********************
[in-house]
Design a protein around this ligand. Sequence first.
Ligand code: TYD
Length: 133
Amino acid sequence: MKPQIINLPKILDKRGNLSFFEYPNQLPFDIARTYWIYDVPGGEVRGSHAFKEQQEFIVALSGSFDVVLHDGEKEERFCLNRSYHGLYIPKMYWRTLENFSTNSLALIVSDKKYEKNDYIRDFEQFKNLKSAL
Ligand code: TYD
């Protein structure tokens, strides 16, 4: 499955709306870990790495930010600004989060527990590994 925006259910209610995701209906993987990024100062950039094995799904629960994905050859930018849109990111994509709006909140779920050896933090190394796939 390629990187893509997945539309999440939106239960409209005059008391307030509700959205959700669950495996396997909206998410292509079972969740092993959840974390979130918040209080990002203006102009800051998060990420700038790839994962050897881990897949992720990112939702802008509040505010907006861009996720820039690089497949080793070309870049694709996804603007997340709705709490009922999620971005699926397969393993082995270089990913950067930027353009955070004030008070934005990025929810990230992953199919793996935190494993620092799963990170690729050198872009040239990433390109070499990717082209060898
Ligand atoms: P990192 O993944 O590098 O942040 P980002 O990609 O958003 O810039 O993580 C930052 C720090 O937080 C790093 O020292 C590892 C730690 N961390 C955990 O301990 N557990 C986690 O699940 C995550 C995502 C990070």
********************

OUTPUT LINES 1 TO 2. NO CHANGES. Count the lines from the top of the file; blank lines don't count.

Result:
[in-house]
Design a protein around this ligand. Sequence first.